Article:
Getting to them sooner, with real alternatives, and proving their value to themselves and the greater world around them are the first steps. Even Fred, who had incredible disadvantages in where he was born and in his early family and school life, who made bad decisions and paid for them, was able to redeem himself and start on a different path. And yet he still wound up dead, as do so many of his black and brown brothers who never make it out of the vortex of violence swirling around our prisons and inner city neighborhoods.

This tragic reality and the lives it continues to destroy break my heart, and yet the challenge remains clear. We must remake our society to keep kids like Fred from choosing the wrong path, and we must help them to successfully pursue redemption even when they do.

Source Link: What I want you to know about teaching inner city kids

Original Source of this article: Ruth Davis’ OC Blog , https://ruthrdavisblog.wordpress.com

That’s what SHE said: how to help the ‘Boy In Ambulance’, the flood of Southeast Louisiana, #LochteGate and white privilege, some excellent old-school parenting ways and more…


[WARNING: Disturbing photos in this article] If you’ve seen the viral photograph of the 5 year old boy, dazed and covered in blood and dust, sitting in the back of ambulance in Aleppo, here is some direction on how you can help and where you can donate money…“So, as the photo of Omran gets circulated over the next few days, by all means, share it. Get angry. Get sad. Just try to stay feeling that way. Because as is the case with so many other iconic photos that epitomize the scope of an unspeakable issue, this one could, just by the end of the weekend, get filed away as “tragedy porn.” These are the types of stories and images that are so horrifying, we almost mindlessly consume them. But, then what?”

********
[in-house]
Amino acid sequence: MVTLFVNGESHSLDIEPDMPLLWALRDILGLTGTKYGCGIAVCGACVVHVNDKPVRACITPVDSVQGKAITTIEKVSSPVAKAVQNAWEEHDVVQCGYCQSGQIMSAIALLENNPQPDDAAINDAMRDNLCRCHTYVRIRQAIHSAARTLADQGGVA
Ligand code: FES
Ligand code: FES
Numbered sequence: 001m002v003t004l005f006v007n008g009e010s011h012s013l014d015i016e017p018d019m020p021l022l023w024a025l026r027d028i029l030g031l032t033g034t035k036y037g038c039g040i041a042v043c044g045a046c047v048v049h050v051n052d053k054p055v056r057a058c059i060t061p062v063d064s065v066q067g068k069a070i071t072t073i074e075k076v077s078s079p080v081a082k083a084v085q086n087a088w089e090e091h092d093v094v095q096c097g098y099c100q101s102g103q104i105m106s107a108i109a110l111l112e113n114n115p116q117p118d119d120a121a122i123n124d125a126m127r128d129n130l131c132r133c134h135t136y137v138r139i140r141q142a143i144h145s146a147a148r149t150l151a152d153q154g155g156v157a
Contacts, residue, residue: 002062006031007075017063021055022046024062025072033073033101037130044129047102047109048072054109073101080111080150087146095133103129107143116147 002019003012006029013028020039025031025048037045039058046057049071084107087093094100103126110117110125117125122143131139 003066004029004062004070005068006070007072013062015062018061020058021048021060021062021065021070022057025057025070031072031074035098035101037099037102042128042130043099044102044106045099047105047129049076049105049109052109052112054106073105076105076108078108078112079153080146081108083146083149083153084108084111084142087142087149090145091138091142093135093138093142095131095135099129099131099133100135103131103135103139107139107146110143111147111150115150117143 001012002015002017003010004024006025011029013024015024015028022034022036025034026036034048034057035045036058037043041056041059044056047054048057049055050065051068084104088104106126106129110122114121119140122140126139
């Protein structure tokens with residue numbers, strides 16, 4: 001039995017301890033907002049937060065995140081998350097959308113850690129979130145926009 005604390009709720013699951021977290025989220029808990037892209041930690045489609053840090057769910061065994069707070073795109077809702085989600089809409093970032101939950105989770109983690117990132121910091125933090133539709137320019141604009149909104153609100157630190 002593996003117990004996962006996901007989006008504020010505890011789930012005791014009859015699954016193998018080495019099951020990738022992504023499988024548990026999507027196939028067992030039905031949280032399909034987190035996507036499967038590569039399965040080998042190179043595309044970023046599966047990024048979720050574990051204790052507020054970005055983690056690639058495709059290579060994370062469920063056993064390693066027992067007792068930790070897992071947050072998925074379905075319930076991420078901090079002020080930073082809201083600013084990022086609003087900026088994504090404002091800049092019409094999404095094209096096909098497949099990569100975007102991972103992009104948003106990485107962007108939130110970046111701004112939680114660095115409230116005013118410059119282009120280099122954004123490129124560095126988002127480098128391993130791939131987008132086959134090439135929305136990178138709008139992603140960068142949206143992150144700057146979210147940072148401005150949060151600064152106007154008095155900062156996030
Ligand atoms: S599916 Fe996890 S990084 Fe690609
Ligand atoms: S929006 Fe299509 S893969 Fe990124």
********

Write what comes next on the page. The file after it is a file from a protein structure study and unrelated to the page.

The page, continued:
Between August 12 – 14, four trillion gallons of rain fell in Southeast Louisiana leading to 20,000 people needing to be rescued and several people who lost their lives and yet the media coverage was dismal and most articles about the flood have been about the poor media coverage. Here is an interesting diagnosis of what makes for “worthy reporting” when it comes to national tragedy…“In order to achieve the goal of coverage, those of us who care about the heartbreak in southeast Louisiana are forced to package it in those narrative frames of entertainment and historic loss in order to get anyone to care… and that to me is the larger tragedy. The tragedy is that strong, loving, cohesive communities, because of their strength and resilience, cannot be celebrated and assisted at the same time. That in order to be worthy of attention the very fabric of societal order has to have been sheered away; news media requires scenes that look like a zombie apocalypse, not scores of hometown heroes trying their best to rescue one another.”